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man pages section 8: System Administration Commands

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Updated: Thursday, June 13, 2019

sg_timestamp (8)


sg_timestamp - report or set timestamp on SCSI device


sg_timestamp  [--help]  [--milliseconds=MS] [--origin] [--raw] [--read-
only] [--seconds=SEC] [--srep] [--verbose] [--version] DEVICE


SG_TIMESTAMP(8)                    SG3_UTILS                   SG_TIMESTAMP(8)

       sg_timestamp - report or set timestamp on SCSI device

       sg_timestamp  [--help]  [--milliseconds=MS] [--origin] [--raw] [--read-
       only] [--seconds=SEC] [--srep] [--verbose] [--version] DEVICE

       Sends a SCSI REPORT TIMESTAMP or SET TIMESTAMP command to  the  DEVICE.
       These  commands  are  found  in  the  SPC-5  draft  standard revision 7

       If either the --milliseconds=MS or --seconds=SEC option is  given  (and
       both  can't be given) then the SET TIMESTAMP command is sent; otherwise
       the REPORT TIMESTAMP command is sent.

       The timestamp is sent and received from the DEVICE  as  the  number  of
       milliseconds  since the epoch of 1970-01-01 00:00:00 UTC and is held in
       a 48 bit unsigned integer. That same epoch is used  by  Unix  machines,
       but  they usually hold the number of seconds since that epoch. The Unix
       date command and especally its "+%s" format is useful in converting  to
       and  from  timestamps and more humanly readable forms. See the EXAMPLES
       section below.

       Arguments to long options are mandatory for short options as well.

       -h, --help
              output the usage message then exit.

       -m, --milliseconds=MS
              where MS is the number of milliseconds since 1970-01-01 00:00:00
              UTC to set in the DEVICE with the SCSI SET TIMESTAMP command.

       -o, --origin
              the  REPORT  TIMESTAMP returned parameter data contains a "time-
              stamp origin" field. When this option is given,  that  field  is
              decoded  and  printed  out before the timestamp value is output.
              The default action (i.e. when the option is not given) is not to
              print out this decoded field.

       -r, --raw
              output  the  SCSI  REPORT  TIMESTAMP response (i.e. the data-out
              buffer) in binary (to stdout). Note that the --origin and --srep
              options  are  ignored  when this option is given. Also all error
              and verbose messages are output to stderr.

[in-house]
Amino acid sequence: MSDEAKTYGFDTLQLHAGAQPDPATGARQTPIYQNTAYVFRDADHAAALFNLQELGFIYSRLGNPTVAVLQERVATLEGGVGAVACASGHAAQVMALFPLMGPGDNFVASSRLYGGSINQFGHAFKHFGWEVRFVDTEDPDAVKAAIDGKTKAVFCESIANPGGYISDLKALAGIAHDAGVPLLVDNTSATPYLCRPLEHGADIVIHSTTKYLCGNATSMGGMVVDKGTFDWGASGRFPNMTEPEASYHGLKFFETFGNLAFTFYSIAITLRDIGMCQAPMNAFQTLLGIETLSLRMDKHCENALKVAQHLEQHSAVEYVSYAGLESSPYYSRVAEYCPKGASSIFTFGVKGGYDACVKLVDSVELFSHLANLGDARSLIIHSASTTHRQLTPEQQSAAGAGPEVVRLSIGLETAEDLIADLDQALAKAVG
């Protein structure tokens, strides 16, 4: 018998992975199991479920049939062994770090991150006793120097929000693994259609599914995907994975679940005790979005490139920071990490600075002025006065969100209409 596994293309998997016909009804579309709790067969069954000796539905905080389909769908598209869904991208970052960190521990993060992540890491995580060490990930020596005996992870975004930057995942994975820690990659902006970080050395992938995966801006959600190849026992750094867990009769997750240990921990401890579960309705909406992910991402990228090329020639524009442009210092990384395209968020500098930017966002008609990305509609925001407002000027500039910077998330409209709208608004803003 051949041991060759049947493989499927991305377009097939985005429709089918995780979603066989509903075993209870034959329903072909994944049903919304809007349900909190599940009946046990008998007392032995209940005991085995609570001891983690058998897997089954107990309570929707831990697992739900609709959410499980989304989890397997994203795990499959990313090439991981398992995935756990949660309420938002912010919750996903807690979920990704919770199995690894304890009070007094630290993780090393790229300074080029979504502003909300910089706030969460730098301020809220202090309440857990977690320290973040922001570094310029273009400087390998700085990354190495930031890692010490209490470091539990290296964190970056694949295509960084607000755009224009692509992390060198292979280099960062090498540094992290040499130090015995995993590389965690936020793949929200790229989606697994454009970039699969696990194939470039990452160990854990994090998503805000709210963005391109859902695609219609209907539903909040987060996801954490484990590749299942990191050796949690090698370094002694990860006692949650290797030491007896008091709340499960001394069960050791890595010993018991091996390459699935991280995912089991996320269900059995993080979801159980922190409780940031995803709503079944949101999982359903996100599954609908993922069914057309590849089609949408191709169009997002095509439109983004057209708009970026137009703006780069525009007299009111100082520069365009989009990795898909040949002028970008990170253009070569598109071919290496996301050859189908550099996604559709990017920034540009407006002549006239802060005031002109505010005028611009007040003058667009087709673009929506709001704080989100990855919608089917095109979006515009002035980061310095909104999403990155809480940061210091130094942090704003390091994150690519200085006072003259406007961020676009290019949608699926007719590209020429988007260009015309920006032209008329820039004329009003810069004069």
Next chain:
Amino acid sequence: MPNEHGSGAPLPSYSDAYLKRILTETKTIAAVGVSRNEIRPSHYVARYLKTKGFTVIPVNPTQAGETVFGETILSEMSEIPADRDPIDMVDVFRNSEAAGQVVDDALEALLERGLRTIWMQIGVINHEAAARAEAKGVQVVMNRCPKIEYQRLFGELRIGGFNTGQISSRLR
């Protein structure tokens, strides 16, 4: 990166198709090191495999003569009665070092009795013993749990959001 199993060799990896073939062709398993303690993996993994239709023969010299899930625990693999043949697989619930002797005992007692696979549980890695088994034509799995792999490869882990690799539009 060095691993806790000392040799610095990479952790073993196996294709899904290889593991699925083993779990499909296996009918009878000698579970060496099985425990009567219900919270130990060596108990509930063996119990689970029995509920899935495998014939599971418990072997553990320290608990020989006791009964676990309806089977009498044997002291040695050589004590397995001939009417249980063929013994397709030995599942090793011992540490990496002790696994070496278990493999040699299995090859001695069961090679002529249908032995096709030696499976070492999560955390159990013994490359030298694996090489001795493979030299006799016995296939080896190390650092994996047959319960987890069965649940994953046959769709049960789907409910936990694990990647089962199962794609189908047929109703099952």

-R, --readonly
              open the DEVICE read-only. The default action  is  to  open  the
              DEVICE read-write.

       -s, --seconds=SEC
              where SEC is the number of seconds since 1970-01-01 00:00:00 UTC
              to set in the DEVICE with the SCSI SET TIMESTAMP command. SEC is
              multiplied  by  1000 before being used in the SET TIMESTAMP com-

       -S, --srep
              report the number of seconds since 1970-01-01 00:00:00 UTC. This
              is  done  by  dividing  by  1000  the value returned by the SCSI
              REPORT TIMESTAMP command.

       -v, --verbose
              increase the level of verbosity, (i.e. debug output).

       -V, --version
              print the version string and then exit.

       The exit status of sg_timestamp is 0 when it is  successful.  Otherwise
       see the sg3_utils(8) man page.

       See attributes(7) for descriptions of the following attributes:

       |Availability   | system/storage/sg3_utils |
       |Stability      | Pass-through uncommitted |
       The  TCMOS  and  the SCSIP bits in the Control extension mode page (see
       sdparm) modify the actions of the timestamp held by a DEVICE.

       Currently only the "Utilization usage rate  based  on  date  and  time"
       parameters  within  the  Utilization  log  page (sbc4r09.pdf) use time-
       stamps. See the sg_logs utility. Vendor specific commands and pages may
       also be using timestamps.

       On  Unix machines (e.g. Linux, FreeBSD and Solaris) the date command is
       useful when working with timestamps.

       To fetch the timestamp from a DEVICE and display it in a humanly  read-
       able form the following could be used:

          # sg_timestamp -S /dev/sdb
          # date --date="@1448993950"
       Tue Dec  1 13:19:10 EST 2015
          # date -R --date="@1448993950"
       Tue, 01 Dec 2015 13:19:10 -0500

       The  latter  two  date  commands  show different forms of the same date
       (i.e.  1448993950 seconds since 1970-01-01 00:00:00 UTC). The  sg_time-
       stamp and date commands can be combined using backquotes:

          # date -R --date="@`sg_timestamp -S /dev/sdc`"
       Wed, 16 Dec 2015 20:12:59 -0500

       To set the timestamp on the DEVICE to now (approximately) the following
       could be used:

          # date +%s
          # sg_timestamp --seconds=1448993955 /dev/sdb

       Those two command lines could be combined into one by using backquotes:

          # sg_timestamp --seconds=`date +%s` /dev/sdb

       Written by Douglas Gilbert.

       Report bugs to <dgilbert at interlog dot com>.

       Copyright (C) 2015 Douglas Gilbert
       This software is distributed under a FreeBSD license. There is NO  war-
       ranty;  not  even  for MERCHANTABILITY or FITNESS FOR A PARTICULAR PUR-

       sdparm(sdparm), sg_logs(sg3_utils)

       This    software    was    built    from    source     available     at
       https://github.com/oracle/solaris-userland.    The  original  community
       source was downloaded from  http://sg.danny.cz/sg/p/sg3_utils-1.42.tgz

       Further information about this software can be found on the open source
       community website at http://sg.danny.cz/sg/sg3_utils.html.

sg3_utils-1.42                   December 2015                 SG_TIMESTAMP(8)